Co-exposure to urban particulate matter and aircraft noise adversely impacts the cerebro-pulmonary-cardiovascular axis in mice

Elsevier, Redox Biology, Volume 59, February 2023
Kuntic M., Kuntic I., Krishnankutty R., Gericke A., Oelze M., Junglas T. et al.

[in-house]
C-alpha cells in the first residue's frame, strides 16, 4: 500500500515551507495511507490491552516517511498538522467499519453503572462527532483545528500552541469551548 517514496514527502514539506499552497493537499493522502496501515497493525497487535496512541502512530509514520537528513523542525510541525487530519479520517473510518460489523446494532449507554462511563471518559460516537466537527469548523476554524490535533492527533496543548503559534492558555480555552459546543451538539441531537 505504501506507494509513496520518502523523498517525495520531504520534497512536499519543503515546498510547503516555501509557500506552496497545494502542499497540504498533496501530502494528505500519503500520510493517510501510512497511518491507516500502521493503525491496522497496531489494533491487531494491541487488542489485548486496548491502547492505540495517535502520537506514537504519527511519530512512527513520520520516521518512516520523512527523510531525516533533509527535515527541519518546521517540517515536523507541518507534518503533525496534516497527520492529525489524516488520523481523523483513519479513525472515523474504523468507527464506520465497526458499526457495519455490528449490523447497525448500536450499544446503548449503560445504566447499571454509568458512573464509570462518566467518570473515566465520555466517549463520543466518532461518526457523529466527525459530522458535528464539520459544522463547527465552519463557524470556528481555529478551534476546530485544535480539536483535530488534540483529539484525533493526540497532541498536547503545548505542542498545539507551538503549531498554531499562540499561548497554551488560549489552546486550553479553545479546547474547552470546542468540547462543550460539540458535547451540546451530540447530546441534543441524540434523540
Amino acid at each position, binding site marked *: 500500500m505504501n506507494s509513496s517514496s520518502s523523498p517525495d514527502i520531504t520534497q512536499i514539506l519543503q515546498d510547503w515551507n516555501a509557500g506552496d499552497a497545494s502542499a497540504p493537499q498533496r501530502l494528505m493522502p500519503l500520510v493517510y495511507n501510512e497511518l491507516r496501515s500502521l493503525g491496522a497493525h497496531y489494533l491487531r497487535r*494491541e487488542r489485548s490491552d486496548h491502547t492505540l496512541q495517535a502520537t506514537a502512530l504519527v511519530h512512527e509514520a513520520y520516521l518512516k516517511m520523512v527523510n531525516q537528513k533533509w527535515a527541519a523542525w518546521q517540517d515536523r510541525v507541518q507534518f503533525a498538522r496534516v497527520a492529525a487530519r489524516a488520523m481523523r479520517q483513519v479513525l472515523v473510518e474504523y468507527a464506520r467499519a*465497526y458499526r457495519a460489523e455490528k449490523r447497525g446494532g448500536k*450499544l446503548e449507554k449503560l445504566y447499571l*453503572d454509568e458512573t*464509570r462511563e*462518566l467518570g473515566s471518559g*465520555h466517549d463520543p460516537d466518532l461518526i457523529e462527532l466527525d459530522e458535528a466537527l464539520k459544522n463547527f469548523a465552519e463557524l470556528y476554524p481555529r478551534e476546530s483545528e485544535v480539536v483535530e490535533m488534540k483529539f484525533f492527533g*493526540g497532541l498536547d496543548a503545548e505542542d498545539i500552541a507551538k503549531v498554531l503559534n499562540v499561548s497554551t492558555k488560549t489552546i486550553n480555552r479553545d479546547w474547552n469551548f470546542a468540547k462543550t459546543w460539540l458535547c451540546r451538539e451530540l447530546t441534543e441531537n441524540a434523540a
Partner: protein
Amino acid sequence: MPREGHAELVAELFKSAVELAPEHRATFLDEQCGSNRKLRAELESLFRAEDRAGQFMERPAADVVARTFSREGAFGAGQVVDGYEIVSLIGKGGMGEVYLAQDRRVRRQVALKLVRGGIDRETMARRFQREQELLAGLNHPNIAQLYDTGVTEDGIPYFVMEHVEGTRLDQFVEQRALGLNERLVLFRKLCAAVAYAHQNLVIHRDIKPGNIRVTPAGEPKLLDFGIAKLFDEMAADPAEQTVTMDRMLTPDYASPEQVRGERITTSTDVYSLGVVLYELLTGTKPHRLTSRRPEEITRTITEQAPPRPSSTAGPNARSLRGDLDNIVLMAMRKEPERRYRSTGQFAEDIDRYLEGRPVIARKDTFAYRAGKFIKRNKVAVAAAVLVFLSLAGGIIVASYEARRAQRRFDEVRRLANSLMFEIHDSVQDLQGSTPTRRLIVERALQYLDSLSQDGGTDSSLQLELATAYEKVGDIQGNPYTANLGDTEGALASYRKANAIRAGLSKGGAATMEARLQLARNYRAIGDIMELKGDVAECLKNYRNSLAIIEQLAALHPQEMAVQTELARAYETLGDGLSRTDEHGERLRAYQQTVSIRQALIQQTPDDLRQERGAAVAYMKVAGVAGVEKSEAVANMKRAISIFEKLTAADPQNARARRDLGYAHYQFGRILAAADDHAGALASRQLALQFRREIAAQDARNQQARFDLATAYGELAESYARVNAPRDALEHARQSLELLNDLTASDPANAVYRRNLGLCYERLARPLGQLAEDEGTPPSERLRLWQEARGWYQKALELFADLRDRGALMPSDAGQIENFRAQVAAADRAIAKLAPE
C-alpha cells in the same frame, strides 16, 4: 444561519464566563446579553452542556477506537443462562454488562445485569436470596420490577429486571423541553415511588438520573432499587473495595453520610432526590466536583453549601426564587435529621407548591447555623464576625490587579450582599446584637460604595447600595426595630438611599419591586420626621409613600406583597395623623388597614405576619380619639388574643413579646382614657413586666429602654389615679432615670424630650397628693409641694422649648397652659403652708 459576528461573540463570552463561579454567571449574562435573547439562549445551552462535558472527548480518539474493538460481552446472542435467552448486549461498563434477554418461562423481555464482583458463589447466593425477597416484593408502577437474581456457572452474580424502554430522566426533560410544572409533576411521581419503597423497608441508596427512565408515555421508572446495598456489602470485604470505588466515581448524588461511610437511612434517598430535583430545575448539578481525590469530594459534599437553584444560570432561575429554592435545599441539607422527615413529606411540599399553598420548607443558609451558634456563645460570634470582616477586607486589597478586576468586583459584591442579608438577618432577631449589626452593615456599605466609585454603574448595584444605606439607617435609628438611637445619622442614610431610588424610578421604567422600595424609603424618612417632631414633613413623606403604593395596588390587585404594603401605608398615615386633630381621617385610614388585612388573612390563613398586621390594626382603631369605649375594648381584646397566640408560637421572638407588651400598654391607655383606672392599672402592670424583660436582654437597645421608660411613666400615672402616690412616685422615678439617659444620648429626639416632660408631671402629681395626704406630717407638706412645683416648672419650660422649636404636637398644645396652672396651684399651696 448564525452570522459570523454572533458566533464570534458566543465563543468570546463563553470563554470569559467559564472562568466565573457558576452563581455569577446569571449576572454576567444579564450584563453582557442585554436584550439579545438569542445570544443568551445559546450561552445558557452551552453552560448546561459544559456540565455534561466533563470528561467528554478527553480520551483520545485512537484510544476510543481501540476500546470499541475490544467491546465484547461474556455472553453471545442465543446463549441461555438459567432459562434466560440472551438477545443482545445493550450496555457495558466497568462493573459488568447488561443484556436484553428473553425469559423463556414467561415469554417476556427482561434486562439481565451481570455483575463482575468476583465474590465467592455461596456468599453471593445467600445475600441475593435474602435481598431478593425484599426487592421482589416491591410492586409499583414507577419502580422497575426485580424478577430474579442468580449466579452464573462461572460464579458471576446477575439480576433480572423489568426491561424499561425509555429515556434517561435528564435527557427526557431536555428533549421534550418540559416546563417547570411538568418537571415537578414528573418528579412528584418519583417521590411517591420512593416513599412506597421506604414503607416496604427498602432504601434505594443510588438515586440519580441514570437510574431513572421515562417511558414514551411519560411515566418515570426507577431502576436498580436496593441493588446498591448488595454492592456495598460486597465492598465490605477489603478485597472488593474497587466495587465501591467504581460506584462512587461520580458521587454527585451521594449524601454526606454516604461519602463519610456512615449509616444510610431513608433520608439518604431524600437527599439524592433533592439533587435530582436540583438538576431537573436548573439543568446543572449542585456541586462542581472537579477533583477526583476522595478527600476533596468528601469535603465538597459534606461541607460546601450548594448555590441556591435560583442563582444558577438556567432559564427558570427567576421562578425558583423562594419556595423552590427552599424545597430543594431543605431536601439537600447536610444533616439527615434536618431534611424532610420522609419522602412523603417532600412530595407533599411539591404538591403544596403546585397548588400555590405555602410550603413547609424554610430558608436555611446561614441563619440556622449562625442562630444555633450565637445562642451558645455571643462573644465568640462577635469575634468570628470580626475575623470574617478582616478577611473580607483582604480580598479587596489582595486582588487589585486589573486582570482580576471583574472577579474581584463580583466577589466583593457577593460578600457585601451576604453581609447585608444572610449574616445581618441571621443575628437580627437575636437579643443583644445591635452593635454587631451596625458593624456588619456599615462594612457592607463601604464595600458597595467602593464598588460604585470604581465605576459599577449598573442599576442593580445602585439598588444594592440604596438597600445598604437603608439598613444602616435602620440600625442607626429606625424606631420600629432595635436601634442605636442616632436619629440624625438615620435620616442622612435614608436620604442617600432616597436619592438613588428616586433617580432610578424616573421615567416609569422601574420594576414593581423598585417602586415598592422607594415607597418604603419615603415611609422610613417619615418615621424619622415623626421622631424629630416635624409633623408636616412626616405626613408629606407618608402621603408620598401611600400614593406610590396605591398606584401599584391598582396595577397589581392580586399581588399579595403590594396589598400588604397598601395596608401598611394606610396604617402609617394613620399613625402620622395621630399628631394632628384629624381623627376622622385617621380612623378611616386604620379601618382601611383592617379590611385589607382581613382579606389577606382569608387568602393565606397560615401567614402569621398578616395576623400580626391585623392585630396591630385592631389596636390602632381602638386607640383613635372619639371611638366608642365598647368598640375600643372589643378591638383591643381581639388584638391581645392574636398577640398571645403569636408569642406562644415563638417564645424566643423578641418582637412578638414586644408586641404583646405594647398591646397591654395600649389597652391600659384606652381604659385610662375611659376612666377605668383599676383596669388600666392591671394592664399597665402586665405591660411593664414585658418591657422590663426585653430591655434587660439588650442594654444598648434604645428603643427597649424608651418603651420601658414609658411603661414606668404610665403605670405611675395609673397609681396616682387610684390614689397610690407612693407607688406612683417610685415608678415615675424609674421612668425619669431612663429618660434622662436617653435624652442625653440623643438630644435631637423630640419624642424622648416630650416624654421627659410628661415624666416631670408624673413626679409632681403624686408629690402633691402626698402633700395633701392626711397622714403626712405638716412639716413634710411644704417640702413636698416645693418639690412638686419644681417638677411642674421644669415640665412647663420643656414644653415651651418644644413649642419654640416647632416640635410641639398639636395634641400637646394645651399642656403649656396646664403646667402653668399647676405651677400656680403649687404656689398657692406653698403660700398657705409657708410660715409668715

Worldwide, up to 8.8 million excess deaths/year have been attributed to air pollution, mainly due to the exposure to fine particulate matter (PM). Traffic-related noise is an additional contributor to global mortality and morbidity. Both health risk factors substantially contribute to cardiovascular, metabolic and neuropsychiatric sequelae. Studies on the combined exposure are rare and urgently needed because of frequent co-occurrence of both risk factors in urban and industrial settings. To study the synergistic effects of PM and noise, we used an exposure system equipped with aerosol generator and loud-speakers, where C57BL/6 mice were acutely exposed for 3d to either ambient PM (NIST particles) and/or noise (aircraft landing and take-off events). The combination of both stressors caused endothelial dysfunction, increased blood pressure, oxidative stress and inflammation. An additive impairment of endothelial function was observed in isolated aortic rings and even more pronounced in cerebral and retinal arterioles. The increase in oxidative stress and inflammation markers together with RNA sequencing data indicate that noise particularly affects the brain and PM the lungs. The combination of both stressors has additive adverse effects on the cardiovascular system that are based on PM-induced systemic inflammation and noise-triggered stress hormone signaling. We demonstrate an additive upregulation of ACE-2 in the lung, suggesting that there may be an increased vulnerability to COVID-19 infection. The data warrant further mechanistic studies to characterize the propagation of primary target tissue damage (lung, brain) to remote organs such as aorta and heart by combined noise and PM exposure.